De Blasio Announces ‘Open Storefronts’ Program

NEW YORK -
new york open businesses
Jonnel Doris, Commissioner for the New York City Department of Small Business Services. (Ed Reed/Mayoral Photography Office/File)

Following New York City’s implementation of outdoor restaurant dining, the city will be starting a similar program for storefronts, Mayor Bill de Blasio announced Wednesday.

The Open Storefronts program will allow businesses to use a portion of the sidewalk outside their storefront to display and sell their merchandise. The program will begin Friday and run through December 31.

Businesses can use up to eight feet of space, and must keep goods and furniture indoors when not open for business. An estimated 40,000 business will be eligible for the program.

“Rebuilding a fairer, better New York City means maximizing use of our outdoor space, helping businesses keep their employees, and giving New Yorkers more reasons than ever to shop local and enjoy their communities. Open Storefronts does all three,” de Blasio said, in announcing the program at his daily press conference Wednesday. “This program builds on the successful legacy of our Open Streets and Open Restaurants programs, and I look forward to finding more ways than ever to reimagine our urban landscape.”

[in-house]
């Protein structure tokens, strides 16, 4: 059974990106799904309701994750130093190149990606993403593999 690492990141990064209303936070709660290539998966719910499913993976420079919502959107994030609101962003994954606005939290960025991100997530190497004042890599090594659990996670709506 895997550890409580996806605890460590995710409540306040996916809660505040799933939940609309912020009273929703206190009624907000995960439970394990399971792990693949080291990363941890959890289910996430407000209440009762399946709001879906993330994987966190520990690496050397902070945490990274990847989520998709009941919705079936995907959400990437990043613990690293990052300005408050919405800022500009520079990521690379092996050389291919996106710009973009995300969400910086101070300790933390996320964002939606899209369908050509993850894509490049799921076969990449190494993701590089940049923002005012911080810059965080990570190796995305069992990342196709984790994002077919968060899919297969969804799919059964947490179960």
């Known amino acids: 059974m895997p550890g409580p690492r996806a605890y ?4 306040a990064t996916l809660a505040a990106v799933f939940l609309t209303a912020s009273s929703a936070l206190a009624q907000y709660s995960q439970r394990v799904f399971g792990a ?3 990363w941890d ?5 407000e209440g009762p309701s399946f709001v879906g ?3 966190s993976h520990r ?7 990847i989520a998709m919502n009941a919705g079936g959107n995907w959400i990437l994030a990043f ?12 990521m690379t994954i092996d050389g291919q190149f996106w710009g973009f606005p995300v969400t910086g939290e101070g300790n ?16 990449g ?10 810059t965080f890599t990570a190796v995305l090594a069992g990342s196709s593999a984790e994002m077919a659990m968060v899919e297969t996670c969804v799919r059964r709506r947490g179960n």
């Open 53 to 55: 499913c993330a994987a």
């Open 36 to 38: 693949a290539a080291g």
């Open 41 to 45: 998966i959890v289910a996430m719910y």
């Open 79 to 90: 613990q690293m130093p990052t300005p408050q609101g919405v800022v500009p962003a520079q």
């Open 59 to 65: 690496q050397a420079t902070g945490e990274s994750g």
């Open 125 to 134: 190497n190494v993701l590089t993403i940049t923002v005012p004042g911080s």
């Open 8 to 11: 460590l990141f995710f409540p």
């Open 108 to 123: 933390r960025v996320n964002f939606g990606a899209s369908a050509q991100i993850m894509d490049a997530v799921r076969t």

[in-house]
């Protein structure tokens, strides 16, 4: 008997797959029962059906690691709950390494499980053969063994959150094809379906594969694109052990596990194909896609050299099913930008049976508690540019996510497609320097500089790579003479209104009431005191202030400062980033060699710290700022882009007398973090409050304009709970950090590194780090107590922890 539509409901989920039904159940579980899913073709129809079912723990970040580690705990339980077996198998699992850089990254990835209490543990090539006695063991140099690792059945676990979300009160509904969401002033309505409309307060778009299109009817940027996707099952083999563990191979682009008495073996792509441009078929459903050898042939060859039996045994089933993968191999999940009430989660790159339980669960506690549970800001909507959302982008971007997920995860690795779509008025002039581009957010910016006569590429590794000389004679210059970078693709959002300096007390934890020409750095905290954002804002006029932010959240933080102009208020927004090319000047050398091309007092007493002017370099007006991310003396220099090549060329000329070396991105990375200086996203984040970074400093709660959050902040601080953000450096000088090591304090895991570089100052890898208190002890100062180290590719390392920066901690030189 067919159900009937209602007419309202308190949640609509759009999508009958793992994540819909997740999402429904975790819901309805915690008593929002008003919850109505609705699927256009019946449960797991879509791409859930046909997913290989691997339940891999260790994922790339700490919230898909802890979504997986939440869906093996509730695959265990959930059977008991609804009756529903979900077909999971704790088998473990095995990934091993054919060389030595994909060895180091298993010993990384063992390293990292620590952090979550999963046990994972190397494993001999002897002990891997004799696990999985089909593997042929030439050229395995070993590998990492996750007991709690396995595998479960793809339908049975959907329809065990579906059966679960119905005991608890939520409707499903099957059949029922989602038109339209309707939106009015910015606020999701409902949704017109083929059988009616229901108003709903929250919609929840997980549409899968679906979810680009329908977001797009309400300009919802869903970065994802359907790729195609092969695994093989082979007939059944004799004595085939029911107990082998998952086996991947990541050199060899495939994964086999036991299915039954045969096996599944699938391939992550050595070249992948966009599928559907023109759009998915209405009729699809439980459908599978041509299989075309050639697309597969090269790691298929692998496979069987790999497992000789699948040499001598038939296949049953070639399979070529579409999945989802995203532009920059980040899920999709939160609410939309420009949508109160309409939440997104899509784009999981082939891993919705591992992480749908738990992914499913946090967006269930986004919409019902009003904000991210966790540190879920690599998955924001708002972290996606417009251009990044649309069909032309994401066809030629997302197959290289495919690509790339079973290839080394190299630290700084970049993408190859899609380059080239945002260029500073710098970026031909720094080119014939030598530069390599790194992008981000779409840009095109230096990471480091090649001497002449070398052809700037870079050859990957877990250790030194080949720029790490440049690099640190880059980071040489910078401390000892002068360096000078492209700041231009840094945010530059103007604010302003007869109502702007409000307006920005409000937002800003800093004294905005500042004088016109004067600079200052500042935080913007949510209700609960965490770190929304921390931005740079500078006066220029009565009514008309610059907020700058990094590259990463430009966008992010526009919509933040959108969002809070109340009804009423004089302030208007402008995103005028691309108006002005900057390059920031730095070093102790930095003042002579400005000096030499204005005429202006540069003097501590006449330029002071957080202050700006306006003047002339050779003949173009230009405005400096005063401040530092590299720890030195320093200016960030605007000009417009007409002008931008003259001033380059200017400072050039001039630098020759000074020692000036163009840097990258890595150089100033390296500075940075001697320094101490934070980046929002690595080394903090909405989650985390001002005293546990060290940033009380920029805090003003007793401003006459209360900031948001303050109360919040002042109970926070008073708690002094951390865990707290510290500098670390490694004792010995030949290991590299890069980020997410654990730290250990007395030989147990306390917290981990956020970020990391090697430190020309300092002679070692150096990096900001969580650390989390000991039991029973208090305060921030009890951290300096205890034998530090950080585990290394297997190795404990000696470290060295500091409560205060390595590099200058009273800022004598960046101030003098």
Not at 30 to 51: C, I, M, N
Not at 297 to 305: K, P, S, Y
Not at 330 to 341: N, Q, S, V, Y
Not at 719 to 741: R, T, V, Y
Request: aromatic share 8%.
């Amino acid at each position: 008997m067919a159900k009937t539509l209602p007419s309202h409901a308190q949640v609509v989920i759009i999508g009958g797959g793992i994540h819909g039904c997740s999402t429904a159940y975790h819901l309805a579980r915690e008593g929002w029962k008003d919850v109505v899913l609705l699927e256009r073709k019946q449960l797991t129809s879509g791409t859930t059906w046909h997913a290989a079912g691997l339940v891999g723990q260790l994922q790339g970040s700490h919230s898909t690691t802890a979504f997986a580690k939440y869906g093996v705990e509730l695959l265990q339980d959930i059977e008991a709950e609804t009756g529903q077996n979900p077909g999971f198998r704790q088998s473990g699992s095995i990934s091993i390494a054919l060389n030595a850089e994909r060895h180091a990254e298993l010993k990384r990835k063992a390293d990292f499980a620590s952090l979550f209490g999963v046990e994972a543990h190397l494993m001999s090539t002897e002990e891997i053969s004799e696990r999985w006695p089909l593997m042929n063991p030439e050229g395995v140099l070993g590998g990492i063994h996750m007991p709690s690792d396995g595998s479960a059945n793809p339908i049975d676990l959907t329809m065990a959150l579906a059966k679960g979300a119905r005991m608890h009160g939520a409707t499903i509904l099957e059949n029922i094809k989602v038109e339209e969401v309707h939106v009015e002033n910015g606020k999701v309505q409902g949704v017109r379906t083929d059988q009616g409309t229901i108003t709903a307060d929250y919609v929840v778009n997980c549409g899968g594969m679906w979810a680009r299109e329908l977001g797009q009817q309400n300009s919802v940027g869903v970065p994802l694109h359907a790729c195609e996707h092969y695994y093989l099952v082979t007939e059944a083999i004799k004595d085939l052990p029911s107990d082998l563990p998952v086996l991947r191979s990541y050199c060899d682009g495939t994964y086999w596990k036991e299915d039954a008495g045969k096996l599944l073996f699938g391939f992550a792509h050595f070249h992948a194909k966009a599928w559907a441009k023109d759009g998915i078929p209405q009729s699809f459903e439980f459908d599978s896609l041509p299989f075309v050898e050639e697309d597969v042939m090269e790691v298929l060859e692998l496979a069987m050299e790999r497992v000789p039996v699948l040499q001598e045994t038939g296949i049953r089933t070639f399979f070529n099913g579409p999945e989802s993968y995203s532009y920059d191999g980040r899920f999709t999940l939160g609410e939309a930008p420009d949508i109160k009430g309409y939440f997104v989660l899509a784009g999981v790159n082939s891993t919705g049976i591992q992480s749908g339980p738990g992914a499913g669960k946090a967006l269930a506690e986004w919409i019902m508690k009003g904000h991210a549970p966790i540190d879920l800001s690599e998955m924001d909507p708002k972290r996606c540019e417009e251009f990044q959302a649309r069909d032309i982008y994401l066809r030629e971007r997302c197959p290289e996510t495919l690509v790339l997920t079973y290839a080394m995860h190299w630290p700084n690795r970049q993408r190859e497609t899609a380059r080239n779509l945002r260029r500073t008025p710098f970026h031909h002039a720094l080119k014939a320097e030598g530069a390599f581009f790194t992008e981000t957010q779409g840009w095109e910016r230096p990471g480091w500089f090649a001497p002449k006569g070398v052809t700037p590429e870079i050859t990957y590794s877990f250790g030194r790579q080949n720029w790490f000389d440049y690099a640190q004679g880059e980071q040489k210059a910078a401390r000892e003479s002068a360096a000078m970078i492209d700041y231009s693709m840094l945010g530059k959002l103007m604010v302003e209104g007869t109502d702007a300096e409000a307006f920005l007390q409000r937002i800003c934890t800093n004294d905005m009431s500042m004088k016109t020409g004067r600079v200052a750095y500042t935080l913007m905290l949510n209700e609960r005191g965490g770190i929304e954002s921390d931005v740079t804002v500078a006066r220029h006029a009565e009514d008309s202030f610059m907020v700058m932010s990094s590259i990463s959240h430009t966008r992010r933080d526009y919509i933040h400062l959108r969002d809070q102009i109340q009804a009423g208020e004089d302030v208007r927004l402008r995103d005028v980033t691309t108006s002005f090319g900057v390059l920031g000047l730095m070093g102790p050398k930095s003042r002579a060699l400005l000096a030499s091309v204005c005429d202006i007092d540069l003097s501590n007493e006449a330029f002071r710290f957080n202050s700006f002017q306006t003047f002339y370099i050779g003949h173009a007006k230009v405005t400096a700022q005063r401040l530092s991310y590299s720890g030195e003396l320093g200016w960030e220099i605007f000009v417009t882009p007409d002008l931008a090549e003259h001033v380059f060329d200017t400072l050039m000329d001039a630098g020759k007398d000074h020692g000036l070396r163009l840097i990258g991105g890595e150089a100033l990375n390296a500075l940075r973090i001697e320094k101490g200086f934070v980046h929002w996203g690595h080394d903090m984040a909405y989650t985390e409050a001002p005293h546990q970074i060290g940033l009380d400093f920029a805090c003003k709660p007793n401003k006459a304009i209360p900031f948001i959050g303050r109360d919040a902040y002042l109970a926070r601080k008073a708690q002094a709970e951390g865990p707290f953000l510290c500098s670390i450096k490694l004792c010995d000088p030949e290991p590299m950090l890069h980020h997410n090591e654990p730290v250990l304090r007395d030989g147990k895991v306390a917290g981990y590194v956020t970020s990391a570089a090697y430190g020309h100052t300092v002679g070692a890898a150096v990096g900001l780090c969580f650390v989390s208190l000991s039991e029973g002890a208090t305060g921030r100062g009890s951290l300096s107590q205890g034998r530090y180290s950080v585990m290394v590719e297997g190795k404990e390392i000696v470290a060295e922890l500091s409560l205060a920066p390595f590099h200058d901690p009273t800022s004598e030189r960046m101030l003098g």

Jonnel Doris, Commissioner of the City Department of Small Business Services, one of several officials to join the mayor the press conference,  said. “This innovative approach will help bring back customers, revive the character of our neighborhoods, and build a stronger New York City.”

Councilman Chaim Deutsch, who represents neighborhoods in Brooklyn that are in the coronavirus “red zone” wher essential businesses are closed, said the program was a missed opportunity. Noting that the nonessential businesses in red zones are closed, Deutsch asked why the Open Storefront program wouldn’t apply to red zones. “The Mayor had the opportunity to toss them a life preserver, but chose instead to stand by and watch them drown,” Deutsch tweeted.